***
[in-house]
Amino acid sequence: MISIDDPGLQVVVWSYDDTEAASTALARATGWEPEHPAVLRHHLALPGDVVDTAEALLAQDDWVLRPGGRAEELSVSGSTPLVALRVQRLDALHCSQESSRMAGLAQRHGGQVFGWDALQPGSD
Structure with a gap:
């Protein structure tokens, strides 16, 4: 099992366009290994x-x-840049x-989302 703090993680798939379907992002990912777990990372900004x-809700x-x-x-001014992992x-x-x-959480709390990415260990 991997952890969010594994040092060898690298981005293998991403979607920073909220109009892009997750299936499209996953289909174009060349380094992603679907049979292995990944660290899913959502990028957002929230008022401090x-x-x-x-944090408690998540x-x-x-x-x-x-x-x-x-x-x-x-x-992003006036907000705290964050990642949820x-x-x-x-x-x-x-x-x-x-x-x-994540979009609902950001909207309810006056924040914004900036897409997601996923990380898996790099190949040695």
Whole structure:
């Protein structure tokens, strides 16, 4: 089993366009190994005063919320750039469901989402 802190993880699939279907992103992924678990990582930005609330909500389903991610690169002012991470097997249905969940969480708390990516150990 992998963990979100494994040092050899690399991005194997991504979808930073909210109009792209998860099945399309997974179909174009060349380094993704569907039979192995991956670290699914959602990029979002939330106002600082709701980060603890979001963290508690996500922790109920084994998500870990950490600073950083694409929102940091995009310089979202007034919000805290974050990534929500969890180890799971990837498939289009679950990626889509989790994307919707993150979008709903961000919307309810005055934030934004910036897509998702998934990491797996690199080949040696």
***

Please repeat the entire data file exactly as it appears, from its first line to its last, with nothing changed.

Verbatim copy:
[in-house]
Amino acid sequence: MISIDDPGLQVVVWSYDDTEAASTALARATGWEPEHPAVLRHHLALPGDVVDTAEALLAQDDWVLRPGGRAEELSVSGSTPLVALRVQRLDALHCSQESSRMAGLAQRHGGQVFGWDALQPGSD
Structure with a gap:
């Protein structure tokens, strides 16, 4: 099992366009290994x-x-840049x-989302 703090993680798939379907992002990912777990990372900004x-809700x-x-x-001014992992x-x-x-959480709390990415260990 991997952890969010594994040092060898690298981005293998991403979607920073909220109009892009997750299936499209996953289909174009060349380094992603679907049979292995990944660290899913959502990028957002929230008022401090x-x-x-x-944090408690998540x-x-x-x-x-x-x-x-x-x-x-x-x-992003006036907000705290964050990642949820x-x-x-x-x-x-x-x-x-x-x-x-994540979009609902950001909207309810006056924040914004900036897409997601996923990380898996790099190949040695």
Whole structure:
């Protein structure tokens, strides 16, 4: 089993366009190994005063919320750039469901989402 802190993880699939279907992103992924678990990582930005609330909500389903991610690169002012991470097997249905969940969480708390990516150990 992998963990979100494994040092050899690399991005194997991504979808930073909210109009792209998860099945399309997974179909174009060349380094993704569907039979192995991956670290699914959602990029979002939330106002600082709701980060603890979001963290508690996500922790109920084994998500870990950490600073950083694409929102940091995009310089979202007034919000805290974050990534929500969890180890799971990837498939289009679950990626889509989790994307919707993150979008709903961000919307309810005055934030934004910036897509998702998934990491797996690199080949040696």